Sheriffs, Code Enforcement Tasked With COVID-19 Complaints

Sheriffs, Code Enforcement

Investigate COVID-19 Complaints

By LIBBY CUDMORE • Special to

Sheriff Richard J. Devlin Jr.

COOPERSTOWN – If you see something, Governor Cuomo suggests, say something.

“We’ve been contacted about businesses having too many people in the store, people not wearing masks, that sort of thing,” said Sheriff Richard J. Devlin, Jr.

As part of Cuomo’s executive order, complaints can be lodged by citizens if they see non-essential businesses open, non-emergency private construction work, or gatherings where more than 10 people are present. The complaints are anonymous, and local law enforcement is sent out to investigate.

In addition to the deputies, the county’s Code Enforcement Office is responding from complaints against contractors.

Devlin said that the complaints have come in by email from the state. “By the time we get them, they’re a few days old,” he said. “We usually call the business and remind them of the regulations.”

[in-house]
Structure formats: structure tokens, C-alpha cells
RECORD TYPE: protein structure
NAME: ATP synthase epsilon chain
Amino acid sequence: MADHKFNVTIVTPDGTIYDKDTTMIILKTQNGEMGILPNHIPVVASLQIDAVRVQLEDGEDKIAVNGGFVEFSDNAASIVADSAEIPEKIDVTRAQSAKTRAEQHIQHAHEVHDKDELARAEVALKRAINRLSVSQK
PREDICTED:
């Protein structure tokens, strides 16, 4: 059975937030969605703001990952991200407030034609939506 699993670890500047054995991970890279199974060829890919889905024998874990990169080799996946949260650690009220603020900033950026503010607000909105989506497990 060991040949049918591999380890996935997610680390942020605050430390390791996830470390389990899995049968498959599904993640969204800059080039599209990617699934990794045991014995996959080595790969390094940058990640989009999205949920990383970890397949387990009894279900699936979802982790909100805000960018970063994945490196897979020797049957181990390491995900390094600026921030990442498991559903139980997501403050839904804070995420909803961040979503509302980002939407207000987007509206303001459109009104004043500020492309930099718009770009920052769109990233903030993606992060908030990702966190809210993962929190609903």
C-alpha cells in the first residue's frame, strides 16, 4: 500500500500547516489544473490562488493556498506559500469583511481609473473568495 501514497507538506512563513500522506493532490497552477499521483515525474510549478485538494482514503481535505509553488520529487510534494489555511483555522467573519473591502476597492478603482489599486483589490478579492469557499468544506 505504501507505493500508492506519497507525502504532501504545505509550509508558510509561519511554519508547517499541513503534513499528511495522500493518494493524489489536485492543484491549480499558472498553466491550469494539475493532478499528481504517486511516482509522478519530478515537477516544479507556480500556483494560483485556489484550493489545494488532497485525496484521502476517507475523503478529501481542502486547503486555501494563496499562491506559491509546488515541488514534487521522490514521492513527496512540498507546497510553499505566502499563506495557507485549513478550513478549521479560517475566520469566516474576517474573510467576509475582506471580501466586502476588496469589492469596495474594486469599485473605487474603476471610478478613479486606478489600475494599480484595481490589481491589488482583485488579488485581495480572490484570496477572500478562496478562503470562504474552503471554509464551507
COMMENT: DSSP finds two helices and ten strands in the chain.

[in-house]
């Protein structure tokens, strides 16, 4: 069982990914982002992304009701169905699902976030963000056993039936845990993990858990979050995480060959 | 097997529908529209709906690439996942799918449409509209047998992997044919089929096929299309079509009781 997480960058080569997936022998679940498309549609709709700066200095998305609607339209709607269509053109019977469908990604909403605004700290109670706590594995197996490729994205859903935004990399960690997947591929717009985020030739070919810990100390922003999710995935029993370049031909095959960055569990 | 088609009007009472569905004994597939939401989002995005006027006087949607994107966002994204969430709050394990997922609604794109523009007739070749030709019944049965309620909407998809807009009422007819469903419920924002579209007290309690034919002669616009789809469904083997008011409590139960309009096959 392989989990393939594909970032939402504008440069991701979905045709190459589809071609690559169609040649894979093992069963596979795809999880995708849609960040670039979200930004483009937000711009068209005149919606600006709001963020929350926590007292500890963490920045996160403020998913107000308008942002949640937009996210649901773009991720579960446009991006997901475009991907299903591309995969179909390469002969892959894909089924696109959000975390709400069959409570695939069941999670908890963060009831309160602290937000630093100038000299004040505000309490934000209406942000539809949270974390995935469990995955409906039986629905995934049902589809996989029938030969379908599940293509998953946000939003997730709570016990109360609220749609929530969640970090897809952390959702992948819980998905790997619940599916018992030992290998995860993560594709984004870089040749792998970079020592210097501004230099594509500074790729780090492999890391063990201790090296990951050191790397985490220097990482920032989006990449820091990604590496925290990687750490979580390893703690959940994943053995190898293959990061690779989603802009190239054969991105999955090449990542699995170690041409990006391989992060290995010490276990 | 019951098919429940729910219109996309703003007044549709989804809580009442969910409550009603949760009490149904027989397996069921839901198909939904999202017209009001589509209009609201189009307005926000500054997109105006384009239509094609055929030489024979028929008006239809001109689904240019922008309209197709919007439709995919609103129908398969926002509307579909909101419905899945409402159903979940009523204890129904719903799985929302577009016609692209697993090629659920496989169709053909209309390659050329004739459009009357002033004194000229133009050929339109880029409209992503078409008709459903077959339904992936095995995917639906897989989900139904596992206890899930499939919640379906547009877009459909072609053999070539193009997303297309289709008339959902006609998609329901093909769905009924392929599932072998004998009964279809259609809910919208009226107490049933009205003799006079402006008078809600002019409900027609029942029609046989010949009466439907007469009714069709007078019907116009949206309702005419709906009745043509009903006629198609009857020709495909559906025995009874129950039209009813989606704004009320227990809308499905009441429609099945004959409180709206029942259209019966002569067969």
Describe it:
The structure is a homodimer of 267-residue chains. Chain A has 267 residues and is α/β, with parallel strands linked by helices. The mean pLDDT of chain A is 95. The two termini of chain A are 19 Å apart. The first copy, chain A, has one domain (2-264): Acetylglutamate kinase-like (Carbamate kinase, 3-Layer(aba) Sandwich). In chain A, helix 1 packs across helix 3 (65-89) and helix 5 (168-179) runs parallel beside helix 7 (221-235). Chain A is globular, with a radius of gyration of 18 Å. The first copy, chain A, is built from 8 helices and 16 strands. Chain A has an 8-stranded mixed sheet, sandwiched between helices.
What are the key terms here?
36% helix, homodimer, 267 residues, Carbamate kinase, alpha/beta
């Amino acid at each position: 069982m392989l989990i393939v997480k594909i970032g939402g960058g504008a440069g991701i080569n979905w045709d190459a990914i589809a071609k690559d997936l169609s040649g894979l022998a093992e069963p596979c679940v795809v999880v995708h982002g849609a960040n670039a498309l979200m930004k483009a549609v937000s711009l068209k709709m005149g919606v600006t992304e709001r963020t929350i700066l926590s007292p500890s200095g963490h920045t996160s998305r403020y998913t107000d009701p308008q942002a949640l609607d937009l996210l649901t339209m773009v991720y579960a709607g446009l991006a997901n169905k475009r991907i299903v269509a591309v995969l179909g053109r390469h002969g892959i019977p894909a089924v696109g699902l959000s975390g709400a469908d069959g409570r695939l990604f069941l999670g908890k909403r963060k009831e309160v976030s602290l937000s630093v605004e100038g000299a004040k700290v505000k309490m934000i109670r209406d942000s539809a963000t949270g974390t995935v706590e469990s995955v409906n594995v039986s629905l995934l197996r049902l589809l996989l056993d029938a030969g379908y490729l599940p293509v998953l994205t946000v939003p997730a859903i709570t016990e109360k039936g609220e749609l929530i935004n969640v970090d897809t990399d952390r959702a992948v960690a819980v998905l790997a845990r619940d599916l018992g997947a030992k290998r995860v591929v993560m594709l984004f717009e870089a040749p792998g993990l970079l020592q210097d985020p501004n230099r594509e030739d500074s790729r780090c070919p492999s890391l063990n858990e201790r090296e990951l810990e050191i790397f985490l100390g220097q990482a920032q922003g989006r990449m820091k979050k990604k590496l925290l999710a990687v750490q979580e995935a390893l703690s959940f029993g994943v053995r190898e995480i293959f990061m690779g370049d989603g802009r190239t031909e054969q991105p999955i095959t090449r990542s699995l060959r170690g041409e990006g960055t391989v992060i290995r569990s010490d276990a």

The sheriff said he has not had multiple reports of one business failing to abide by the guidelines. “We contact them and they said they were doing everything correctly,” he said. “We have no reason to believe they aren’t.”

Workers can also file complaints if their employer is not following mandates or if an employer refuses to pay for qualifying COVID-19 sick leave.

Non-emergency contracting work is also banned. “We are going out and looking at the site when we get a complaint,” said Anthony Gentile, County Code Enforcement officer. “We’ve had to tell a couple contractors to close up and go home.”

State contracting projects – such as the downtown work at 22 Main St. in Cooperstown – may continue, as can emergency work. “If a contractor gets a call about a hole in the side of someone’s house, they can call us and let us know so we can monitor while they make it safe.”

Currently, Gentile says, code enforcement is monitoring a few projects in the county as the contractors get the work to a spot where it is safe to close the site.

But Devlin warns against neighbors making frivolous complaints. “I don’t need to be running around chasing after things,” he said. “Especially if it’s a day or two later.”

“If everyone just does what they’re supposed to do,” he continued. “We’ll all get through this a lot quicker.”

3 thoughts on “Sheriffs, Code Enforcement Tasked With COVID-19 Complaints

  1. Mandy Collins

    If people would follow the safety guidlines there would be no need to report someone. Its really not that hard.

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